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Environmentalists Women

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CALIFORNIA | LOCAL
March 29, 1998 | CECILIA RASMUSSEN
She was both L.A.'s first female environmentalist and a passionate advocate of property rights, waging a bitter battle to preserve a slender stretch of Malibu coastline years before conservation became a cocktail party byword. For her efforts, May Knight Rindge--the indomitable "Queen of Malibu"--was variously labeled an eccentric, a hopeless idealist and, by many, a troublemaker.
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CALIFORNIA | LOCAL
March 29, 1998 | CECILIA RASMUSSEN
She was both L.A.'s first female environmentalist and a passionate advocate of property rights, waging a bitter battle to preserve a slender stretch of Malibu coastline years before conservation became a cocktail party byword. For her efforts, May Knight Rindge--the indomitable "Queen of Malibu"--was variously labeled an eccentric, a hopeless idealist and, by many, a troublemaker.
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NEWS
February 6, 1995 | GEORGE SKELTON
If there's one lesson we've all learned--and relearned--it is to never, ever count out Willie Brown. Save the political obit. He's a Lazarus. Practically nothing seems impossible anymore for this Houdini after having finessed his way back into the Speaker's office with just 39 Democratic votes in an 80-member house. But Willie Brown, governor? "I'm going to clearly have (running for) governor as an option (in 1998)," he says. "Absolutely."
NEWS
February 12, 1989 | SOLL SUSSMAN, Associated Press
The forces that fought the free-trade agreement with the United States say they have no intention of giving up on the issue despite their election loss to Prime Minister Brian Mulroney. "There is a continuing trade agenda before us," Tony Clark, director of the Pro-Canada Network, said in an interview. "I think it boils down to how much more political and economic depending can Canada take on the greatest economic power in the world."
ENTERTAINMENT
February 22, 2009 | Noel Murray
What Just Happened Magnolia, $29.98; Blu-ray, $34.98 In the Barry Levinson-directed, Art Linson-penned, inside-Hollywood comedy, Robert De Niro plays a put-upon movie producer -- not unlike Linson himself -- who over the course of a week on the job has to deal with a star who refuses to shave his beard, an ex-wife who might be sleeping with his best friend, and a director who's sabotaged a blockbuster by including a scene of a dog getting shot.
BUSINESS
July 26, 1987 | ERIC MANN, Eric Ann is a union organizer and the author of "Taking on General Motors," which is to be published this fall.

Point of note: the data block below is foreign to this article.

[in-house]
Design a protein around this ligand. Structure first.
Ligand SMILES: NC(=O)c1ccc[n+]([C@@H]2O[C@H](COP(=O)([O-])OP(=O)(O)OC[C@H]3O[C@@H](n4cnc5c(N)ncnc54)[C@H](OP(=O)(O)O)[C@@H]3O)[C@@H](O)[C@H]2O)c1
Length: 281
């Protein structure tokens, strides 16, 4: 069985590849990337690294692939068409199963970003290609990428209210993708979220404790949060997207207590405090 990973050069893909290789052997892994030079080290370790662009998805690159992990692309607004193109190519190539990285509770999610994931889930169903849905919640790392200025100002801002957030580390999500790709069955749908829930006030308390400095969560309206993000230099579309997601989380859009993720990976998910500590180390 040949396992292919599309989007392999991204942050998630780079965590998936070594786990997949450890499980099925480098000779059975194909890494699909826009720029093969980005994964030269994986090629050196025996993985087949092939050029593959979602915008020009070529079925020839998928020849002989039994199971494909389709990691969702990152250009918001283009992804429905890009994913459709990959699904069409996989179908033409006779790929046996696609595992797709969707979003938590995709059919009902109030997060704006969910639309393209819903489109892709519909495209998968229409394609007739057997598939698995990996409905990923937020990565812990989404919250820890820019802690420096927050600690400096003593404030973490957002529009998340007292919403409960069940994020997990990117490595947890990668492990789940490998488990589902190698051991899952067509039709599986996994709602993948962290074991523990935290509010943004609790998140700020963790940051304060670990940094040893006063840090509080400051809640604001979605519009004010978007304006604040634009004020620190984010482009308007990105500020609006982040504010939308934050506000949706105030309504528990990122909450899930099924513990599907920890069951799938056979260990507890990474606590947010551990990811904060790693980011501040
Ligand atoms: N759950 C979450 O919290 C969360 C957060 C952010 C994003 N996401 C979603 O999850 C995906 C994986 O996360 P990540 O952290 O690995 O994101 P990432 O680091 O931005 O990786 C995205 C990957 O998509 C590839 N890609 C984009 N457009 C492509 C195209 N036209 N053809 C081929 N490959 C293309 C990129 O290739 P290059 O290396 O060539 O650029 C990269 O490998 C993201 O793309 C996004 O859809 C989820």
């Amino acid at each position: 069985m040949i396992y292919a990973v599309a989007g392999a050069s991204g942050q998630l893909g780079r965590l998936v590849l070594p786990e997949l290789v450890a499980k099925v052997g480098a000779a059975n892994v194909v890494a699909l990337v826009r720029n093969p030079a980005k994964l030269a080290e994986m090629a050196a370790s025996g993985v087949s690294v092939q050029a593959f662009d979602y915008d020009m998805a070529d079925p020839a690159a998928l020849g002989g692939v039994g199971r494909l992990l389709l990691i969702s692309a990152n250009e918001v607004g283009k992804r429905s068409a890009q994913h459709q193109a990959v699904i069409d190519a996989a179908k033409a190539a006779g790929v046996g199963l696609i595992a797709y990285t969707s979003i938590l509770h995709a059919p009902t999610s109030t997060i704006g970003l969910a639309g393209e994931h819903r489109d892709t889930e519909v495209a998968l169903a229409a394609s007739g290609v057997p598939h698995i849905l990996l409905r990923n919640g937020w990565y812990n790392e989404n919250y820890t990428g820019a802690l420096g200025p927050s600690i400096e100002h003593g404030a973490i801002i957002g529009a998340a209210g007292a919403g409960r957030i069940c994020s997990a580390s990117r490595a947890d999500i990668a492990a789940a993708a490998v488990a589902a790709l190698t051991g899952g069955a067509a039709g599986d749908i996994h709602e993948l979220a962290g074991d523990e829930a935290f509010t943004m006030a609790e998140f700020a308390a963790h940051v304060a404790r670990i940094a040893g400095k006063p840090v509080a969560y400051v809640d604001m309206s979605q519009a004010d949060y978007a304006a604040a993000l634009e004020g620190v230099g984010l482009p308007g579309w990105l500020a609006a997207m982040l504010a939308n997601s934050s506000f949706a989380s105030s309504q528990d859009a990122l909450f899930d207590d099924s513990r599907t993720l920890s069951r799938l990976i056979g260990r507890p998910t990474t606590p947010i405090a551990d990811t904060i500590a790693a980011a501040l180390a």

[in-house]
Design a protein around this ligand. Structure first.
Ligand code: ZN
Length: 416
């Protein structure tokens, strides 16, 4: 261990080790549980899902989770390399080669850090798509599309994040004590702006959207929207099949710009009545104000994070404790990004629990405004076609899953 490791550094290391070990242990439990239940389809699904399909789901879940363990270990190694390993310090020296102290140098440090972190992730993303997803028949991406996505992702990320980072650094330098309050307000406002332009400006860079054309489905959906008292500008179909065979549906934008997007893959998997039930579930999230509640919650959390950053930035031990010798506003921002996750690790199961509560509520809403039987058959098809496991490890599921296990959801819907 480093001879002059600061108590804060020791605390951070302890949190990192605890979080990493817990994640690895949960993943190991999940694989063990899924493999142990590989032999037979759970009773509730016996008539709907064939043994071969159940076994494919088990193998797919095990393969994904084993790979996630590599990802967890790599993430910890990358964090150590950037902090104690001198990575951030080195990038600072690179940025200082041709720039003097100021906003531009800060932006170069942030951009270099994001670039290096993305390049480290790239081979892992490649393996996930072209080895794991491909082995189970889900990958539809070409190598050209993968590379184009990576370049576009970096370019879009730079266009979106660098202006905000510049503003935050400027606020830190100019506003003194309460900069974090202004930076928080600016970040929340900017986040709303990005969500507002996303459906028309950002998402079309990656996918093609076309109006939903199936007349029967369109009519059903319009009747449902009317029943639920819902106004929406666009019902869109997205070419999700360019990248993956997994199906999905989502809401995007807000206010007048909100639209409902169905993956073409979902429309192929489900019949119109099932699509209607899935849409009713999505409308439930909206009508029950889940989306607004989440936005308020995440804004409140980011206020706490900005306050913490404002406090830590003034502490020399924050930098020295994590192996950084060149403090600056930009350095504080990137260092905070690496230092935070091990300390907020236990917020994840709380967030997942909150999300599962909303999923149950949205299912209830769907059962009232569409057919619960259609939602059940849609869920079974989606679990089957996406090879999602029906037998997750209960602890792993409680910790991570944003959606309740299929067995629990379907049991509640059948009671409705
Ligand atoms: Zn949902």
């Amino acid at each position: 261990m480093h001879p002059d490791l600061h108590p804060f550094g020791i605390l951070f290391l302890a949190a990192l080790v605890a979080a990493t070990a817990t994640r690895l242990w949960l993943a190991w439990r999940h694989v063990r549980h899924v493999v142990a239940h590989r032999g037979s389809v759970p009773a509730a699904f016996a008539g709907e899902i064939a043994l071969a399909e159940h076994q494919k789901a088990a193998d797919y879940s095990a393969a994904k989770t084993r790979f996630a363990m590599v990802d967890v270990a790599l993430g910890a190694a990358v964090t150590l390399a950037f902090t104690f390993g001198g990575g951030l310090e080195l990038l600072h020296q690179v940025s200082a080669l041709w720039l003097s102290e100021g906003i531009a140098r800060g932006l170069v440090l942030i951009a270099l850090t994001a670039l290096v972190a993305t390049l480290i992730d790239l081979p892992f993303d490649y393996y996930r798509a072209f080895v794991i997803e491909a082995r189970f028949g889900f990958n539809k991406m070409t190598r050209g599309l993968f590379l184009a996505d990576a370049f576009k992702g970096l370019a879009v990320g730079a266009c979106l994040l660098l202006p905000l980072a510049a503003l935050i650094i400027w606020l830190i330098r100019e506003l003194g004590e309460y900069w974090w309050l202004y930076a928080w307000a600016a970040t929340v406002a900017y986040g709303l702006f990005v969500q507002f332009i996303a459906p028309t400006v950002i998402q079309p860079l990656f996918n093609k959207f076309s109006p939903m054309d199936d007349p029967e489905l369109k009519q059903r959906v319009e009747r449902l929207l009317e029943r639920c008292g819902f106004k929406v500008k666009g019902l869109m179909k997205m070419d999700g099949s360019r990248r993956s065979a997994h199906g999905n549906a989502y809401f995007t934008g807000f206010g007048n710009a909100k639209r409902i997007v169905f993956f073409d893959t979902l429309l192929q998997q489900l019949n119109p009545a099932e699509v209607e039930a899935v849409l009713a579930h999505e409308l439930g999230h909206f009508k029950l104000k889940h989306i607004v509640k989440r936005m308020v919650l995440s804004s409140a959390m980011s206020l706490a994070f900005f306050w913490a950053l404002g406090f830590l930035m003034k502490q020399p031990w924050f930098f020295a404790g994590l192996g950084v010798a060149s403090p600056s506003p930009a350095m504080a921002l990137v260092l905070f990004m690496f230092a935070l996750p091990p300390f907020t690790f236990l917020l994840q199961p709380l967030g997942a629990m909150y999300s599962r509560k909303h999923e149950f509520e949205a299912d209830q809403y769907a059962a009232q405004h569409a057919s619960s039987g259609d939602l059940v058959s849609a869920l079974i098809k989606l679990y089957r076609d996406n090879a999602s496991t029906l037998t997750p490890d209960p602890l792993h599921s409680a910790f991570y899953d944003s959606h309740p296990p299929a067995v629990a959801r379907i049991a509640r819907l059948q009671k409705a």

In today's labor movement, debates that have long taken place behind closed doors are finally becoming more open as a declining union movement is forced to look for new answers. For a union official to be for "jobs" is like a politician being for motherhood, but some union officials are asking "jobs at what cost?" and the even more heretical question, should "jobs" always be labor's primary objective?
NATIONAL
October 6, 2010 | By Matea Gold, Tribune Washington Bureau
Over beers in June at the Hawk 'n' Dove, a Capitol Hill bar, two veteran Democratic strategists commiserated about how few Democratic groups were taking advantage of a recent Supreme Court ruling that allows unlimited corporate and union political spending. They decided to form a new political action committee to counter plans by Republican-affiliated operations to flood races around the country with resources. "We said, 'Let's give it a shot,'" said Jim Jordan, one of the strategists.
NEWS
December 22, 1985 | FRANK CLIFFORD, Times Staff Writer
The campaign on behalf of the California Supreme Court is facing a dilemma as interest groups representing labor, the environment, women and minorities have begun spreading the message that the court is good for their causes. These organizations are responding to a torrent of court criticism generated by groups of prosecutors, peace officers, agribusiness lobbyists and conservative politicians who argue that the court is soft on crime and biased against business.
CALIFORNIA | LOCAL
October 23, 2002 | Mark Z. Barabak, Times Staff Writer
Ask Mary Ann Boddum about the race for California governor and she goes on at length about Bill Simon Jr.: his inconsistent stands on issues, his questionable business practices, lack of personal integrity and bumbling campaign. "I just don't think he's suited for the job," Boddum said of the GOP gubernatorial nominee. She is scarcely more impressed with the Democratic incumbent, Gray Davis.
CALIFORNIA | LOCAL
April 22, 1993 | JEFFREY L. RABIN and RON RUSSELL, TIMES STAFF WRITERS
Sweeping past their challengers in Tuesday's elections, longtime Los Angeles City Councilmen Zev Yaroslavsky and Marvin Braude easily won four more years at City Hall. Fueled by the power of the incumbency and a flood of special-interest campaign contributions, Yaroslavsky won a sixth term on the council and Braude an eighth term. Both council districts straddle the Santa Monica Mountains, including portions of the San Fernando Valley and the Westside.
NEWS
December 21, 1992 | PAUL RICHTER and DAVID LAUTER, TIMES STAFF WRITERS
President-elect Bill Clinton has chosen utility executive Hazel O'Leary to be his energy secretary and former South Carolina Gov. Richard W. Riley to head the Education Department, sources said Sunday. The selections will be announced at a noon PST press conference today and will bring Clinton closer to his goal of choosing his top 25 Administration officials before Christmas. More announcements are due Tuesday and Wednesday.
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